The great woman of soul, the purveyor of feisty female anthems of love and no-fuss, Etta James, has passed on Jnauary 20th, 2012, from complications of lukemia. Etta, who was 73, is known for her raw vocal power and sultry, seducing tenor. Just five days before the singer’s 74th birthday, Etta succumbed to her battle with the disease and let go.
You can hear the determination and realism the blueswoman roared with in Etta’s tunes spanning a 50 year career, not without its low points. “Miss Peaches,” as she was sometimes called in reference to her early role in the female doo-wop group The Peaches, let it be known she was an aggressively talented woman who could easily tear through the hearts of listeners of any age. Beyonce played her character in the movie Cadillac Records, and Christina Aguilera had performed “At Last” on the Grammy’s about 10 years ago, proving the timelessness of Etta’s gift and immeasurable influence she has had on popular music today. In the funk world, artists like Brides of Funkenstein, Betty Davis, and Parlet may have looked up to Etta, who started her career in the 50’s and gained fame with other songs like the confrontational “Tell Mama,” the soaring “Sunday Kind of Love” and desperately pleaded “I’d Rather Go Blind.”
Etta was born to a 14 year old mother in 1938, and named Jamesetta Hawkins. Her mother, Dorothy, had many relationships over Etta’s young life, leading the little girl to brand her mama as “The Mystery Lady.” Her father’s identity was not revealed to Etta, but she suspected that he was a white pool player in town. Neglected by her mother’s rousing popularity, Etta was raised by a succession of Dorothy’s boyfriends and others helping out. One of her caretakers, “Sarge,” had her singing in the church and taking lessons from age 5. He attempted to profit off the child’s talent, but the church refused to pay him for her singing, so occasionally little Etta would be woken up to midnight abuse and song requests of Sarge’s drunken poker buddies. It is not hard to understand, hearing this story, where Etta’s anger came from that shone through her commanding voice.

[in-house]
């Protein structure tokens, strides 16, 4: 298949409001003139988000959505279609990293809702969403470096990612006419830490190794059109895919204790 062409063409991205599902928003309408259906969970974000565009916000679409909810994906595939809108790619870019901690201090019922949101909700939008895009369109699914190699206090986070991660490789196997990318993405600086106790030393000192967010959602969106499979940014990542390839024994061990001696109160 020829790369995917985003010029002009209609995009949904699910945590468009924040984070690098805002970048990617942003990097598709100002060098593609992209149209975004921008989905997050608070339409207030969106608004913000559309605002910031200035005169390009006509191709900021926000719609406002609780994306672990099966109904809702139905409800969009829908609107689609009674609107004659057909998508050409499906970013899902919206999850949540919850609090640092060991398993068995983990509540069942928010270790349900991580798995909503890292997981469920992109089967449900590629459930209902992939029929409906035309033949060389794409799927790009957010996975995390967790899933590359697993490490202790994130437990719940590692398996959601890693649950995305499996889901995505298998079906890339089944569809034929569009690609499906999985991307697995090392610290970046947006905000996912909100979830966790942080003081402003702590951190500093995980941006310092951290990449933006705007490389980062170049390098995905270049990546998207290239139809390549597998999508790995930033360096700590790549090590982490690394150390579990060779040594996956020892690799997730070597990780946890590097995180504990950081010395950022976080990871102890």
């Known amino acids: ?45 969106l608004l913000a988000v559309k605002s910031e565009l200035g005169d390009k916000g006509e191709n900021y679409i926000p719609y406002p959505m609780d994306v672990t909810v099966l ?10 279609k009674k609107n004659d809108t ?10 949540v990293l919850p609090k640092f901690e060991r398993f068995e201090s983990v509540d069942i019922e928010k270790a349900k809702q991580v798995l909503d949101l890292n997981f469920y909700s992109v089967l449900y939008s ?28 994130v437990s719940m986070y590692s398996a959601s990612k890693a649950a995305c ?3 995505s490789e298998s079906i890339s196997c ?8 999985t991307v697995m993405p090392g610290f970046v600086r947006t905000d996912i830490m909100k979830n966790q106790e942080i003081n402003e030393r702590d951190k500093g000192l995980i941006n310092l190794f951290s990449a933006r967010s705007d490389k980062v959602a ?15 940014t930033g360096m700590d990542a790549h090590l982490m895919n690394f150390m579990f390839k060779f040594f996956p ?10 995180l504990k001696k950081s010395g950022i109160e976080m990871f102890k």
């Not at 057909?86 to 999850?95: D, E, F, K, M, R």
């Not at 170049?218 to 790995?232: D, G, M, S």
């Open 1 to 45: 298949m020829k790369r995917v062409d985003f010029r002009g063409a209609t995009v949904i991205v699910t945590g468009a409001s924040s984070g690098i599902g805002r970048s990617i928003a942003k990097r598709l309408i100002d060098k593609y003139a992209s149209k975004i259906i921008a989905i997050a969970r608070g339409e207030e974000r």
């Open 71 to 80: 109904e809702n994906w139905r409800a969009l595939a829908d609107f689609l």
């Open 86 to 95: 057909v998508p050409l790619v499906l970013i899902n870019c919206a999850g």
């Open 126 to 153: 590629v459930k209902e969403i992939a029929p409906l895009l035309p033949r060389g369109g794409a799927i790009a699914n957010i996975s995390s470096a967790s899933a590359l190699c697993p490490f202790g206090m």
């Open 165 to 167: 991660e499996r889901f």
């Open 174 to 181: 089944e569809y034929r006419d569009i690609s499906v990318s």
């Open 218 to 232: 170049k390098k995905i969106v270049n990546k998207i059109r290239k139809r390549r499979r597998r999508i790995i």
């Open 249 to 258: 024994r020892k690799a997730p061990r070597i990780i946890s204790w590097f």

Below, listen to “Sweet Memories” from Etta during the Summer of Love.
While things were getting funky in the 70’s, Etta flowed with the times and released some ultra-funky tunes. Here’s 1974’s “You Give Me What I Want”
In 1998, Etta covered Sly Stone’s “If You Want Me To Stay”
As an adult with many successes to claim, Etta also battled addictions which caused a haitus in the singer’s endeavors until 1980’s “Seven Year Itch” album was released, the title perhaps reflective of the struggle Etta endured getting clean.
Etta brought in a wealth of awards in her lifetime, winning six Grammys and seventeen Blues Awards over the span of her career, along with great honors of being inducted into the Rock n Roll Hall of Fame and The Grammy Hall of Fame. Rolling Stone named her #22 on their list of 100 Greatest Singers of All Time, and #62 of Best Artists of All Time.
Surprisingly, amid rumors of Etta’s mental condition suffering from dementia, the soulmama was able to release her final album in 2011, which promises the same depth and richness of her gritty, emotional, defensive voice. The Dreamer starts out on “Groove Me” which is followed by more classic-sounding tunes like “Champagne and Wine.” The album, released close in time to Mavis Staples album You Are Not Alone, would compliment each other’s sound well in the authoritative diva world of soul, rock n’ roll, blues, R&B, funk, and just straight Classic music that never ages.